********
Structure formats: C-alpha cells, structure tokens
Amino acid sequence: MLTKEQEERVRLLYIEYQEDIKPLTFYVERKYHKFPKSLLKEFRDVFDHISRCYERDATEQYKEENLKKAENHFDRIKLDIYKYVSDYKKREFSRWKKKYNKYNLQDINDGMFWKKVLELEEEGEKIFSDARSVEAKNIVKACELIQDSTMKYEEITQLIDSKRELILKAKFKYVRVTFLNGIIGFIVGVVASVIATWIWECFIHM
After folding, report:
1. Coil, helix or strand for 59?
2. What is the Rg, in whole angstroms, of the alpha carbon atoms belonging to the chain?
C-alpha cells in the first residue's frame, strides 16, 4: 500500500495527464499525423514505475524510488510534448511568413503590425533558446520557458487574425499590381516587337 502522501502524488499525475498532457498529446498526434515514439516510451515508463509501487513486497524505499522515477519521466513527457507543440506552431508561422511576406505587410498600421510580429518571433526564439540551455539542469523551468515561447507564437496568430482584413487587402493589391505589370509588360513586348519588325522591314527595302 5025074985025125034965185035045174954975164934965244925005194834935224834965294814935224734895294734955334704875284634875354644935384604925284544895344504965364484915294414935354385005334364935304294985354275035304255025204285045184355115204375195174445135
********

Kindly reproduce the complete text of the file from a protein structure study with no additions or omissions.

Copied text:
Structure formats: C-alpha cells, structure tokens
Amino acid sequence: MLTKEQEERVRLLYIEYQEDIKPLTFYVERKYHKFPKSLLKEFRDVFDHISRCYERDATEQYKEENLKKAENHFDRIKLDIYKYVSDYKKREFSRWKKKYNKYNLQDINDGMFWKKVLELEEEGEKIFSDARSVEAKNIVKACELIQDSTMKYEEITQLIDSKRELILKAKFKYVRVTFLNGIIGFIVGVVASVIATWIWECFIHM
After folding, report:
1. Coil, helix or strand for 59?
2. What is the Rg, in whole angstroms, of the alpha carbon atoms belonging to the chain?
C-alpha cells in the first residue's frame, strides 16, 4: 500500500495527464499525423514505475524510488510534448511568413503590425533558446520557458487574425499590381516587337 502522501502524488499525475498532457498529446498526434515514439516510451515508463509501487513486497524505499522515477519521466513527457507543440506552431508561422511576406505587410498600421510580429518571433526564439540551455539542469523551468515561447507564437496568430482584413487587402493589391505589370509588360513586348519588325522591314527595302 5025074985025125034965185035045174954975164934965244925005194834935224834965294814935224734895294734955334704875284634875354644935384604925284544895344504965364484915294414935354385005334364935304294985354275035304255025204285045184355115204375195174445135